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While a letter explaining the program may help set the backdrop as to what is supposed to take place, etc, the major challenge is for each applicant, child or adult, to convince the CO that they will abide by the terms of a B2 visa...the 'backgrounding' I mentioned is not a time consuming process...it requires a bit of work by the Fraud unit in a consulate...I would ask/assign someone there to make some phone calls taking info from the applications (DS 160) and spot check the adults' place of work, etc...and do a few other things that might help build a framework from which to begin the interview....this method works well because in general. most bona fide travelers will be able to easily answer questions about their own background...by having some of this in front of me, I can compare apples and oranges faster...if an applicant struggles to come up with basic answers to certain questions, or those answers are way off the mark from what my staff found out earlier, well, that person is going to get some attention....I also mentioned that I would want to interview a few of the kids who are younger than 14...especially the 8-10 year olds....why? Because child smuggling is a problem in many parts of the world...often a parent or two has wandered off to the US with a B2 visa and now wants their kids to join them, but know that the kids cannot just blurt out that their parents have been on 'vacation' in the US for 18 months...that won't work! Instead, they show up at the interview with an alleged parent who often turns out to be their grandmother or aunt...all I had to do to figure this out was ask a couple of simple easy questions of the child, then ask a very direct question, such as, 'where is your mom?"..when they answered 'Miami' the game was over...or I would ask,'where is your grandmother?' and they point to the woman next to them...who claimed she was his/her mom....oops....you cannot believe how many people I caught attempting to get visas for 'family reunification' purposes....sadly, it happens...so my pre-interview spot checks give me some extra info I can use to build a better picture and ask better, but narrowly focused questions that will help me decide more accurately. I may sound as though I was paranoid - I was just very careful when dealing with under 18 applicants, because I have seen the results of sloppy decision making.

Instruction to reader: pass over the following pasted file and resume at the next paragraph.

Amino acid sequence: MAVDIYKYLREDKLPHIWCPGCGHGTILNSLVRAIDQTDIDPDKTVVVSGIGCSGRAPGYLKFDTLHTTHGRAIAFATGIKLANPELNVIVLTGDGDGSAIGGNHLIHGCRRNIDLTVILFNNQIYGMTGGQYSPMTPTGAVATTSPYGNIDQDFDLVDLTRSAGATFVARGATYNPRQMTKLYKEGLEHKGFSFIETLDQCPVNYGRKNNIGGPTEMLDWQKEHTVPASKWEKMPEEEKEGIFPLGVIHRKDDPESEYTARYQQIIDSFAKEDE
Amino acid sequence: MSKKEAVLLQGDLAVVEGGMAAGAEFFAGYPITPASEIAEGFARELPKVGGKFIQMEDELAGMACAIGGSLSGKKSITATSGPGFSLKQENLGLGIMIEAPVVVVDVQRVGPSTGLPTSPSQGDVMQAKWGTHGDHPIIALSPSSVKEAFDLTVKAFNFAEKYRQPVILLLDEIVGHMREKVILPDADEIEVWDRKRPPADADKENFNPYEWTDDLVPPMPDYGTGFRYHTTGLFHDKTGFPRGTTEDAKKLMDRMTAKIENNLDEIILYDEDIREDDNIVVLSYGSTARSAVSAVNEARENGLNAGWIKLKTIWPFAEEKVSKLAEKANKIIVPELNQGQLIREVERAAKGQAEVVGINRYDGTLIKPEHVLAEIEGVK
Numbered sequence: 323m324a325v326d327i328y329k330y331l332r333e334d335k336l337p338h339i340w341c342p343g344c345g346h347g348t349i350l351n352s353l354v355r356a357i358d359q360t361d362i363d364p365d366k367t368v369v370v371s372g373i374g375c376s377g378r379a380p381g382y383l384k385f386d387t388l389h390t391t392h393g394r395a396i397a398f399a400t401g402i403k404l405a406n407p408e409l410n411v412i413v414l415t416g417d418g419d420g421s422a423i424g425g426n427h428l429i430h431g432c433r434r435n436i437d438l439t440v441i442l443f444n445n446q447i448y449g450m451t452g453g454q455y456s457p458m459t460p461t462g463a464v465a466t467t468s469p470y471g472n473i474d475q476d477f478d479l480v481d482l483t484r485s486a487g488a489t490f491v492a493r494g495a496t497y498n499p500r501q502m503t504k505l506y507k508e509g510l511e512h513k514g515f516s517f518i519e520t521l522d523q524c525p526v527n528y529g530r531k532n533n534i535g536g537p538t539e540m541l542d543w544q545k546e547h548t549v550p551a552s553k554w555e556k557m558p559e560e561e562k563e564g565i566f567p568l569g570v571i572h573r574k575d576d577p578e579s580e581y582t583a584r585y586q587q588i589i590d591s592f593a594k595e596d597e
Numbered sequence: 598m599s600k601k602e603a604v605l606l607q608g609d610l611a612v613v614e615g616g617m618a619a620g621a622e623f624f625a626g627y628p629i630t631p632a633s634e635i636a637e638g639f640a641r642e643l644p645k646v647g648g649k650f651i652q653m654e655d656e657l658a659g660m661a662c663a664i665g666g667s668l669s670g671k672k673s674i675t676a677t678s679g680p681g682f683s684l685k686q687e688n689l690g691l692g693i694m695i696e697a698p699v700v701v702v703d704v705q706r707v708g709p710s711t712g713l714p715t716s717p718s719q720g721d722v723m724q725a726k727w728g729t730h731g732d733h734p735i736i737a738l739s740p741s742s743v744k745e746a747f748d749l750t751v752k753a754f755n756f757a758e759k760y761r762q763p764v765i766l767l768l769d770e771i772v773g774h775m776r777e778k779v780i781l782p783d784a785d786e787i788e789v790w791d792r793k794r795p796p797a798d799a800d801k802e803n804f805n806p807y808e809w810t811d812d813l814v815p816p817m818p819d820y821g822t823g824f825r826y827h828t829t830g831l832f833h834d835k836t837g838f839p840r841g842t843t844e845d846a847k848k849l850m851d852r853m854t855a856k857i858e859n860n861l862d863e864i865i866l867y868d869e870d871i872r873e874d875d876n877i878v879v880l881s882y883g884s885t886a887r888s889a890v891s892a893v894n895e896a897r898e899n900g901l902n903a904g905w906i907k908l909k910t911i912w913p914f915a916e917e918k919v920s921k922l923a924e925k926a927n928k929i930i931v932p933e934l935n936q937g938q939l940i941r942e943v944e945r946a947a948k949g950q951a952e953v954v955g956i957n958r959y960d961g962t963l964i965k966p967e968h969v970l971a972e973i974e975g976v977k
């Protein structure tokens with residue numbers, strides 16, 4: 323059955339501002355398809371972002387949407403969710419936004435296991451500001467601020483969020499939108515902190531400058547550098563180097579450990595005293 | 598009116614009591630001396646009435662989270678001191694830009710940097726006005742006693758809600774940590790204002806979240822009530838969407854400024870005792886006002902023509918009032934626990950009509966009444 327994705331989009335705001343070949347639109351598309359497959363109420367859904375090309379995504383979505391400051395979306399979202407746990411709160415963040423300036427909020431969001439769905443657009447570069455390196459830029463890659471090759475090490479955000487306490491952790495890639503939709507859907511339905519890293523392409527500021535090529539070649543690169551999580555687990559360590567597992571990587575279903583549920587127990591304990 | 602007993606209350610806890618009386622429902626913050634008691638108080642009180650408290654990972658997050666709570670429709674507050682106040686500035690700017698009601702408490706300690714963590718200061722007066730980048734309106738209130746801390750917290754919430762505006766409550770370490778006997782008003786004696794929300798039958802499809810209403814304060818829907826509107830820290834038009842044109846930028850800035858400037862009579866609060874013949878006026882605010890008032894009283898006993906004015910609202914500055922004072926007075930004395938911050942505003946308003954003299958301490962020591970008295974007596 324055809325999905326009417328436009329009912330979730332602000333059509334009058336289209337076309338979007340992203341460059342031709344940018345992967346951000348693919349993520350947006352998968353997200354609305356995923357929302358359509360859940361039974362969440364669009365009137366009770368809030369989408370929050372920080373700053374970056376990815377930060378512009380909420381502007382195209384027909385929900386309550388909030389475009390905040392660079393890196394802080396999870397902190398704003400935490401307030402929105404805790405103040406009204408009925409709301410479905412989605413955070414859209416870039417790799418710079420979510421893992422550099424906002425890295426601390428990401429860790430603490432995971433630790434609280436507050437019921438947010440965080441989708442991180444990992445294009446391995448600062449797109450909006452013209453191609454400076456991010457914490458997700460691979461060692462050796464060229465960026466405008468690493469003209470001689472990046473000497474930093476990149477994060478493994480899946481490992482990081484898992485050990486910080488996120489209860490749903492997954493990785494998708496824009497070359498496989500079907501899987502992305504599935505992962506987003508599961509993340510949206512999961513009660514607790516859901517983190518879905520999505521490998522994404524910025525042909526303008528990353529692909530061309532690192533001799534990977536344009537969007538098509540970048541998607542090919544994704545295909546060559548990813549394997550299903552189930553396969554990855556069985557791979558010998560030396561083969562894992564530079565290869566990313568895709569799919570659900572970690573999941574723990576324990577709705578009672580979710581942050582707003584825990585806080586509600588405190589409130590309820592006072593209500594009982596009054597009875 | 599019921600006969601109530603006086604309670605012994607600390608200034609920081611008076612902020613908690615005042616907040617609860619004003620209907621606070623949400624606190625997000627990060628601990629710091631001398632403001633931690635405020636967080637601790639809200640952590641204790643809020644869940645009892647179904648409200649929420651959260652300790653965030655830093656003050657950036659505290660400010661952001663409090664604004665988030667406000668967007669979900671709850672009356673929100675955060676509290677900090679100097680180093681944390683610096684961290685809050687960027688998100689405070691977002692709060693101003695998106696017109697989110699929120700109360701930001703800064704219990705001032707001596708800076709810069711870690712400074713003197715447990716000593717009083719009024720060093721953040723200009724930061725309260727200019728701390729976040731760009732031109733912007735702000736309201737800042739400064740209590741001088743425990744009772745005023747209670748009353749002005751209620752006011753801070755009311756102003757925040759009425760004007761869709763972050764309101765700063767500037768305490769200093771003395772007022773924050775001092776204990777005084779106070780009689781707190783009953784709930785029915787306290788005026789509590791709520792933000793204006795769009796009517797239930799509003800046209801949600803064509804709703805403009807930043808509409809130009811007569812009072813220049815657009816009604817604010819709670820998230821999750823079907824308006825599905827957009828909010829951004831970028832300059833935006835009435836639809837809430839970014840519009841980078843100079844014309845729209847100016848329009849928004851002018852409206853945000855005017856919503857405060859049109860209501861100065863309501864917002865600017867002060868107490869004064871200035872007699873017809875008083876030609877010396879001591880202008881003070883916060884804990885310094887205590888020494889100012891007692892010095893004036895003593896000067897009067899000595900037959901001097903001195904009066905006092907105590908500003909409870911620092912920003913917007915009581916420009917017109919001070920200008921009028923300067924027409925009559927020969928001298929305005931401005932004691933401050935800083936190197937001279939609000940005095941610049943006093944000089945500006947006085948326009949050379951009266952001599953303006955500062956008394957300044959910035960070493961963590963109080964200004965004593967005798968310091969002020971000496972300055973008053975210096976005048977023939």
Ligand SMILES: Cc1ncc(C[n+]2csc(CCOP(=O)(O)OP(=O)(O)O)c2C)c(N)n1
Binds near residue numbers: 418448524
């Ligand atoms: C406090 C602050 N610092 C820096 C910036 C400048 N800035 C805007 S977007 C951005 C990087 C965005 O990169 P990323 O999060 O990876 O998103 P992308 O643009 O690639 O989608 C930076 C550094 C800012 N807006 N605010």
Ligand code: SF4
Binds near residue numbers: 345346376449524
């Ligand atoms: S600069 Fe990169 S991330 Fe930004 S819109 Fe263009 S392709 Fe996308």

My responses are not an aspersion on you nor the program - just telling you that the process may not be as easy as you hope or believe, because the bad apples have just made things tougher all around...and because the US does not have anywhere near adequate border controls or other regulation of overstays....and as a result, I considered myself and colleagues as the first line of defense....and that sometimes meant being perceived as a hard nose (or other less flattering terms)...but my approach reduced the chance of errors...did some bonafide folks get denied during my career....probably...did I issue to some malafide ones....I like to think rarely...but I have no way of getting that information...but I did do spot checks on many of my issuances...and for the most part, the compliance rate was fairly high...but no CO is perfect and our system is not either...over the course of my career, I did track down a few overstays of mine in tandem with ICE and INS (the old days!) and got most of them out of the US..it was hard....I've been instrumental in having more than one immigration attorney being disbarred for visa fraud and a few USCs placed in hot water for marriage fraud and some other things related to visas...but I was pretty focused...probably much more than many...but I was considered a very fine interviewer, was frequently given very challenging cases to resolve and trained a bunch of COs as well....anyway, good luck to you.